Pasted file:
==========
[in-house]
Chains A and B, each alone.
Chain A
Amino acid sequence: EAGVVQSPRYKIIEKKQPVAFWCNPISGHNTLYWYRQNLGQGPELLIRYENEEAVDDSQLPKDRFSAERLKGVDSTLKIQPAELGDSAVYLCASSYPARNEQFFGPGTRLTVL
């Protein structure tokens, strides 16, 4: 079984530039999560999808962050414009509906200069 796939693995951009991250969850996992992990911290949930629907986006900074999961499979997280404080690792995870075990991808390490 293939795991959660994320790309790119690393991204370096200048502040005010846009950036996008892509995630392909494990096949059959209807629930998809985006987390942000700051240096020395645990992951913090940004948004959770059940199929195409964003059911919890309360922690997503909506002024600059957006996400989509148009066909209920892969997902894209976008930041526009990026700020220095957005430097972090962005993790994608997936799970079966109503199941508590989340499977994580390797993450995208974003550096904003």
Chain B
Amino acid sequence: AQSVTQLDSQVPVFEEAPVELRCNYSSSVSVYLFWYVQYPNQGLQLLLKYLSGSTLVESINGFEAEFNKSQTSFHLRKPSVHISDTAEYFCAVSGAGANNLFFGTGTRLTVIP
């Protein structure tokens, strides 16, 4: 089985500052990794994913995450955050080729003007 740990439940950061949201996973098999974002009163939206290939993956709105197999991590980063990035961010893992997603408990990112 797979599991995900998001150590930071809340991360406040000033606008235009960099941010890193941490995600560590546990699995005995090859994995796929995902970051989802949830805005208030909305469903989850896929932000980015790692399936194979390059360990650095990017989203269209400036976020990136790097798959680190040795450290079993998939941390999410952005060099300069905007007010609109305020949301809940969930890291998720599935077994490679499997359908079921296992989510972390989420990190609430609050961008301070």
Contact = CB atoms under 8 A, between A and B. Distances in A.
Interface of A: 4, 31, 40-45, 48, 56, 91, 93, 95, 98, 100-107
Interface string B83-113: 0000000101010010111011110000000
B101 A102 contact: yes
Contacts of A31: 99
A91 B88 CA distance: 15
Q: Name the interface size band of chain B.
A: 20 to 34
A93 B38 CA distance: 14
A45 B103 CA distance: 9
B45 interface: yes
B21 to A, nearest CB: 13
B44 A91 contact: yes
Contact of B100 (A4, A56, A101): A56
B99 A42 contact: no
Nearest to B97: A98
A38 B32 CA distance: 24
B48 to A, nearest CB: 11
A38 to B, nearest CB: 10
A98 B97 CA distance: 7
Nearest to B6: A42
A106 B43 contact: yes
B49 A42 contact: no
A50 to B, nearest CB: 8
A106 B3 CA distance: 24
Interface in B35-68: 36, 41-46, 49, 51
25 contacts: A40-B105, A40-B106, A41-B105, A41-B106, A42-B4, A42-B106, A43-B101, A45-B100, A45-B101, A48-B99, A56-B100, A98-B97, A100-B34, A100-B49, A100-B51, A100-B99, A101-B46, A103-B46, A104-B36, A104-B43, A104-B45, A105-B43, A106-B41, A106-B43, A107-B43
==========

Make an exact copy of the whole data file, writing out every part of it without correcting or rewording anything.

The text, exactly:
[in-house]
Chains A and B, each alone.
Chain A
Amino acid sequence: EAGVVQSPRYKIIEKKQPVAFWCNPISGHNTLYWYRQNLGQGPELLIRYENEEAVDDSQLPKDRFSAERLKGVDSTLKIQPAELGDSAVYLCASSYPARNEQFFGPGTRLTVL
């Protein structure tokens, strides 16, 4: 079984530039999560999808962050414009509906200069 796939693995951009991250969850996992992990911290949930629907986006900074999961499979997280404080690792995870075990991808390490 293939795991959660994320790309790119690393991204370096200048502040005010846009950036996008892509995630392909494990096949059959209807629930998809985006987390942000700051240096020395645990992951913090940004948004959770059940199929195409964003059911919890309360922690997503909506002024600059957006996400989509148009066909209920892969997902894209976008930041526009990026700020220095957005430097972090962005993790994608997936799970079966109503199941508590989340499977994580390797993450995208974003550096904003």
Chain B
Amino acid sequence: AQSVTQLDSQVPVFEEAPVELRCNYSSSVSVYLFWYVQYPNQGLQLLLKYLSGSTLVESINGFEAEFNKSQTSFHLRKPSVHISDTAEYFCAVSGAGANNLFFGTGTRLTVIP
């Protein structure tokens, strides 16, 4: 089985500052990794994913995450955050080729003007 740990439940950061949201996973098999974002009163939206290939993956709105197999991590980063990035961010893992997603408990990112 797979599991995900998001150590930071809340991360406040000033606008235009960099941010890193941490995600560590546990699995005995090859994995796929995902970051989802949830805005208030909305469903989850896929932000980015790692399936194979390059360990650095990017989203269209400036976020990136790097798959680190040795450290079993998939941390999410952005060099300069905007007010609109305020949301809940969930890291998720599935077994490679499997359908079921296992989510972390989420990190609430609050961008301070």
Contact = CB atoms under 8 A, between A and B. Distances in A.
Interface of A: 4, 31, 40-45, 48, 56, 91, 93, 95, 98, 100-107
Interface string B83-113: 0000000101010010111011110000000
B101 A102 contact: yes
Contacts of A31: 99
A91 B88 CA distance: 15
Q: Name the interface size band of chain B.
A: 20 to 34
A93 B38 CA distance: 14
A45 B103 CA distance: 9
B45 interface: yes
B21 to A, nearest CB: 13
B44 A91 contact: yes
Contact of B100 (A4, A56, A101): A56
B99 A42 contact: no
Nearest to B97: A98
A38 B32 CA distance: 24
B48 to A, nearest CB: 11
A38 to B, nearest CB: 10
A98 B97 CA distance: 7
Nearest to B6: A42
A106 B43 contact: yes
B49 A42 contact: no
A50 to B, nearest CB: 8
A106 B3 CA distance: 24
Interface in B35-68: 36, 41-46, 49, 51
25 contacts: A40-B105, A40-B106, A41-B105, A41-B106, A42-B4, A42-B106, A43-B101, A45-B100, A45-B101, A48-B99, A56-B100, A98-B97, A100-B34, A100-B49, A100-B51, A100-B99, A101-B46, A103-B46, A104-B36, A104-B43, A104-B45, A105-B43, A106-B41, A106-B43, A107-B43